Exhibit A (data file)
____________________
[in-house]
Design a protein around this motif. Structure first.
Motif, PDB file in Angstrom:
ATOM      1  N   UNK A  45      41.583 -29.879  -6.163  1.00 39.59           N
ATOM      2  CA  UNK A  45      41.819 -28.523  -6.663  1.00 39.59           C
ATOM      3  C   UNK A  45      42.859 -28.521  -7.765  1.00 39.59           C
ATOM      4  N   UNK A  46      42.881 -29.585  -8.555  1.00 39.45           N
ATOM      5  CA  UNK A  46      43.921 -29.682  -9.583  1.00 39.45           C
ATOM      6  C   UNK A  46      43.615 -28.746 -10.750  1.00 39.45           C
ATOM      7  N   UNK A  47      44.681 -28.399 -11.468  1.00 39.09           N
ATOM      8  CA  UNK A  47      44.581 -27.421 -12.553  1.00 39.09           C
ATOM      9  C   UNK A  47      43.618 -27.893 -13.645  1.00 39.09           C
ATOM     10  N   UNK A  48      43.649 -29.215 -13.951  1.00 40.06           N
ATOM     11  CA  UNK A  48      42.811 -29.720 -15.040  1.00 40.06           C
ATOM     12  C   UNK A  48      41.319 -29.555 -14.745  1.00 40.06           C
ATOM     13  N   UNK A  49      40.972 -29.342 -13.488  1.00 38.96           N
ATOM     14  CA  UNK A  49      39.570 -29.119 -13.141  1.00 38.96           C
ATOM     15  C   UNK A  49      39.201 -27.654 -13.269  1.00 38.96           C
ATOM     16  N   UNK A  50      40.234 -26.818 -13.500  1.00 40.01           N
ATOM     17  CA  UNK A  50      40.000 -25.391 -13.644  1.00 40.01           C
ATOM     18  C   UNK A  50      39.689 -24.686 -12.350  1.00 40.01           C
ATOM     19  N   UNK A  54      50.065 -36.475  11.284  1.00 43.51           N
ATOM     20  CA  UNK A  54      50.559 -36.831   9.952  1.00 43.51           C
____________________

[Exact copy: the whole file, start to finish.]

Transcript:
[in-house]
Design a protein around this motif. Structure first.
Motif, PDB file in Angstrom:
ATOM      1  N   UNK A  45      41.583 -29.879  -6.163  1.00 39.59           N
ATOM      2  CA  UNK A  45      41.819 -28.523  -6.663  1.00 39.59           C
ATOM      3  C   UNK A  45      42.859 -28.521  -7.765  1.00 39.59           C
ATOM      4  N   UNK A  46      42.881 -29.585  -8.555  1.00 39.45           N
ATOM      5  CA  UNK A  46      43.921 -29.682  -9.583  1.00 39.45           C
ATOM      6  C   UNK A  46      43.615 -28.746 -10.750  1.00 39.45           C
ATOM      7  N   UNK A  47      44.681 -28.399 -11.468  1.00 39.09           N
ATOM      8  CA  UNK A  47      44.581 -27.421 -12.553  1.00 39.09           C
ATOM      9  C   UNK A  47      43.618 -27.893 -13.645  1.00 39.09           C
ATOM     10  N   UNK A  48      43.649 -29.215 -13.951  1.00 40.06           N
ATOM     11  CA  UNK A  48      42.811 -29.720 -15.040  1.00 40.06           C
ATOM     12  C   UNK A  48      41.319 -29.555 -14.745  1.00 40.06           C
ATOM     13  N   UNK A  49      40.972 -29.342 -13.488  1.00 38.96           N
ATOM     14  CA  UNK A  49      39.570 -29.119 -13.141  1.00 38.96           C
ATOM     15  C   UNK A  49      39.201 -27.654 -13.269  1.00 38.96           C
ATOM     16  N   UNK A  50      40.234 -26.818 -13.500  1.00 40.01           N
ATOM     17  CA  UNK A  50      40.000 -25.391 -13.644  1.00 40.01           C
ATOM     18  C   UNK A  50      39.689 -24.686 -12.350  1.00 40.01           C
ATOM     19  N   UNK A  54      50.065 -36.475  11.284  1.00 43.51           N
ATOM     20  CA  UNK A  54      50.559 -36.831   9.952  1.00 43.51           C